This Violin Is Music to the Ears of Vegans

Musicians celebrate the purity of the world’s first vegan violin.

A violin and a bow on a white background.

(loskutnikov /

A master violin maker from the UK has recently designed a violin that is 100 percent vegan. This is music to the ears of violinists and art lovers who care deeply about the environment.

The world’s first vegan violin improves the world in many ways; its sound, according to The Vegan Society, has a higher quality than traditional violins.

The idea started some 40 years ago when violin maker Padraig O'Dubhlaoidh was asked to craft a vegan violin by a customer, according to the BBC. He was intrigued by the request, which made him wonder how many musicians felt obliged not to play the violin for ethical reasons.

Violins and similar instruments are usually made from horse hair, horns, hooves, bones, and serosa, which is the outer intestinal layer of cattle, according to The Vegan Society. That is, until O'Dubhlaoidh took on the challenge during the downtime he had during the pandemic.

World’s First 100 Percent Vegan Violin
With 40 years of violin-making, restoration, and conservation experience, O'Dubhlaoidh discovered a way to craft the world’s first 100 percent vegan violin including the strings and bow, according to Vegan Violins

He employed traditional tools and methods to construct his vegan violin, and when it came to creating the purfling (the inlaid decorative edge), he used natural dyes and spring water found beneath granite outside his Malvern Hills workshop. Some of the ingredients, reported the BBC, were steamed pears and wild berries for the dye.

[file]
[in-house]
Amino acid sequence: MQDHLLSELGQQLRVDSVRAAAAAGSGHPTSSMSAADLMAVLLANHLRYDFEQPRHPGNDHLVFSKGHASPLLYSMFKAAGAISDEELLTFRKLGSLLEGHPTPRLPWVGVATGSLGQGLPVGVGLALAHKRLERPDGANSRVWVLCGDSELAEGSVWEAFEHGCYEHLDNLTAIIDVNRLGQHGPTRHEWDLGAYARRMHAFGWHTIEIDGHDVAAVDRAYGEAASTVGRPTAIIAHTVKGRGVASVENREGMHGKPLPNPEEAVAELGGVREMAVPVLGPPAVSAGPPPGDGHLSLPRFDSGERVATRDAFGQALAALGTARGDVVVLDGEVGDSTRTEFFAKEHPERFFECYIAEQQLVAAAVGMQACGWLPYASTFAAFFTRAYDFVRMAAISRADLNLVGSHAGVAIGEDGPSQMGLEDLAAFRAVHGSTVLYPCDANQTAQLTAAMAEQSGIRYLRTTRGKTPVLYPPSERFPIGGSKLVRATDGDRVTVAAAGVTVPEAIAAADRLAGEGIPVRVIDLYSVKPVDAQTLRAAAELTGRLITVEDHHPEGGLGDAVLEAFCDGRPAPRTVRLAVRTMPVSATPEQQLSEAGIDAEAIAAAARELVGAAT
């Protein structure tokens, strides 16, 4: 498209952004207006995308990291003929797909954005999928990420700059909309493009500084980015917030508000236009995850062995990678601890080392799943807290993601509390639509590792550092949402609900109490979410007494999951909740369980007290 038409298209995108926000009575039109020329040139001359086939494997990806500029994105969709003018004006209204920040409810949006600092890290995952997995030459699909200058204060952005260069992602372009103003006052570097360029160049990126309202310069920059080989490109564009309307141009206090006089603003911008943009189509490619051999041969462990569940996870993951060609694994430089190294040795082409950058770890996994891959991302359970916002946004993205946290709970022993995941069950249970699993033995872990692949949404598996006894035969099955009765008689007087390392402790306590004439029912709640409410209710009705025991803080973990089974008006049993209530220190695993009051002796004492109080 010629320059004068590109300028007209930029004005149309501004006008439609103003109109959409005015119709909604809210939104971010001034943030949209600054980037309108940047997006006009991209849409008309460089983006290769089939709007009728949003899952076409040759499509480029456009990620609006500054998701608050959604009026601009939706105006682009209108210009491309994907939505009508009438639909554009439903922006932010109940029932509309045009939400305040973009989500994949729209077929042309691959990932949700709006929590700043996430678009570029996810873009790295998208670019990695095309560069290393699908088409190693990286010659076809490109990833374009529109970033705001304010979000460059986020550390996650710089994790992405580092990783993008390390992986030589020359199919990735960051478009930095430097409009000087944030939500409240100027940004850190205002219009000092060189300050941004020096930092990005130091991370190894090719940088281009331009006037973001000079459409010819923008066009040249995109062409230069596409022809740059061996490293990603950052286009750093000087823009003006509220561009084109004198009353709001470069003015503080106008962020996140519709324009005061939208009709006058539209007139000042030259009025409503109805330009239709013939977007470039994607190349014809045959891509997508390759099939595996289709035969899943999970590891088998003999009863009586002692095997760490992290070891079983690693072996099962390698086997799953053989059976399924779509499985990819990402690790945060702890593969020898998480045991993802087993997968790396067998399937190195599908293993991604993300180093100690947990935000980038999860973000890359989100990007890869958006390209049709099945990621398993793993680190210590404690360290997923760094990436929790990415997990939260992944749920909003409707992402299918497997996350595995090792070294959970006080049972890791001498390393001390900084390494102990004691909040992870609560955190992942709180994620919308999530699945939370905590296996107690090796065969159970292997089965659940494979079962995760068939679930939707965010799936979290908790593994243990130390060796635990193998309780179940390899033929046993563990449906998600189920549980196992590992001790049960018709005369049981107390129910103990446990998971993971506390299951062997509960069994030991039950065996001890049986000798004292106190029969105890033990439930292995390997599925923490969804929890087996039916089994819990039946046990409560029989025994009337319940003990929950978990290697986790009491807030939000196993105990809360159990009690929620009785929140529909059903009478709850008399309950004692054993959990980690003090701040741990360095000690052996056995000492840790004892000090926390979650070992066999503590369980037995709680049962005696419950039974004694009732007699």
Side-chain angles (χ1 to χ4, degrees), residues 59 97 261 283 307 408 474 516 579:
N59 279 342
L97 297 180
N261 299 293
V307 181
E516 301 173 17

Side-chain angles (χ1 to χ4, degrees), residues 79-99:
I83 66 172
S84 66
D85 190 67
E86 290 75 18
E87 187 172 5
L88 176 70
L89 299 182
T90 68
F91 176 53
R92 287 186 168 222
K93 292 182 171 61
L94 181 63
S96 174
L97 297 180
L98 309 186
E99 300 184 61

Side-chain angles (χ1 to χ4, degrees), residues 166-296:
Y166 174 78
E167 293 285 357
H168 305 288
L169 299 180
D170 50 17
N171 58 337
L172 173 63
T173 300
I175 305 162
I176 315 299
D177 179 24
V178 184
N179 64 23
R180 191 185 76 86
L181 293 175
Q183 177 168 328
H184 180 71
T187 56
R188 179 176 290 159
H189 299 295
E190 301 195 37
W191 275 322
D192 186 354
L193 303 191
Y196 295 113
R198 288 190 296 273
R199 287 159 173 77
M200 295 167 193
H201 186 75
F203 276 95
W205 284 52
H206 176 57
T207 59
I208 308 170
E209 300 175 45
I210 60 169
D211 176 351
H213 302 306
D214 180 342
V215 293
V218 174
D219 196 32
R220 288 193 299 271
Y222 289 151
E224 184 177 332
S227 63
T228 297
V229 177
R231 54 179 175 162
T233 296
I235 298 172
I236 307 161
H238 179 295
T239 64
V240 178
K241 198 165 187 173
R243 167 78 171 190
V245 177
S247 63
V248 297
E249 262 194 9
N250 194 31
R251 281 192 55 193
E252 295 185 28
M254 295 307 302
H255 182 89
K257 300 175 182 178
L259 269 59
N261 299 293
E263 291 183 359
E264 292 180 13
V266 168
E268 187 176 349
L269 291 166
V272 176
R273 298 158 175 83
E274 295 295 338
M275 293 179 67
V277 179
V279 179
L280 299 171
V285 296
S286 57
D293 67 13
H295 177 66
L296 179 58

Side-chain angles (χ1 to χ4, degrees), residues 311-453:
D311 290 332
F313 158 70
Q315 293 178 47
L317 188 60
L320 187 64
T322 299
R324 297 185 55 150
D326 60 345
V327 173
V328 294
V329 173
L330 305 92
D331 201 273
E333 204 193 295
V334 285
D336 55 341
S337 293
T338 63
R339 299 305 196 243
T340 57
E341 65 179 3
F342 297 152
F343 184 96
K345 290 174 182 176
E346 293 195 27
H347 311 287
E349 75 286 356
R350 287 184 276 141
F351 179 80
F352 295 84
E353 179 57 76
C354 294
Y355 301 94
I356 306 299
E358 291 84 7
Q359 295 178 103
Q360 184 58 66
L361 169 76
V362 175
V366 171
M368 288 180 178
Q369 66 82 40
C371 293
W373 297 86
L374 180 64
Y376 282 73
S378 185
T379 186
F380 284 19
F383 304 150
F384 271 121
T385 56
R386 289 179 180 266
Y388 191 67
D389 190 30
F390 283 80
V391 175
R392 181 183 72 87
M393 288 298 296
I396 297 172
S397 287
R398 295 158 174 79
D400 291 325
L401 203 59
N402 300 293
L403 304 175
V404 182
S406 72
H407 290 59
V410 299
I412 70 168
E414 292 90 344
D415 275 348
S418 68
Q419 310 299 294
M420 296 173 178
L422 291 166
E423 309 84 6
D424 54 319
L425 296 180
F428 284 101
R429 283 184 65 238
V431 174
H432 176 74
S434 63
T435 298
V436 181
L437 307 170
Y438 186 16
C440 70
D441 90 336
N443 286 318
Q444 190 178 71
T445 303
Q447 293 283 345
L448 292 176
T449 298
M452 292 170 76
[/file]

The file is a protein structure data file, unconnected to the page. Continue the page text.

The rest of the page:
Apart from benefiting animals, society, and the environment, O'Dubhlaoidh was pleasantly surprised to realize he had made an acoustic breakthrough. Animal-based glues create a tension on the wooden components which harms them.

“The adhesive used in my vegan violins,” O'Dubhlaoidh explained to Vegan Society, “has no such effects. Irrespective of ethics, this is an acoustic improvement.”

This is not O'Dubhlaoidh’s first sustainable project, according to Vegan Violins. He is also very active in implementing a world-wide ban on the use of Pernambuco wood, which was used to make bows for stringed instruments. 

A Way to Celebrate Veganuary
After many years of percolating this concept, perhaps now is the perfect time for a vegan violin to emerge into the world of music. In fact, it was introduced to the world as a way of celebrating Veganuary, 2022.

O'Dubhlaoidh told The Vegan Society, “the collective voice of people wanting a fairer future grows stronger every day. Ethical musicians are part of this movement.” 

The fact that this new, sensitively inspired instrument actually creates a superior sound symbolizes how the world of form and creativity are interconnected. This violin, designed from purity with beautiful intentions, is evoking a pristine sound that is truly music to the ears.

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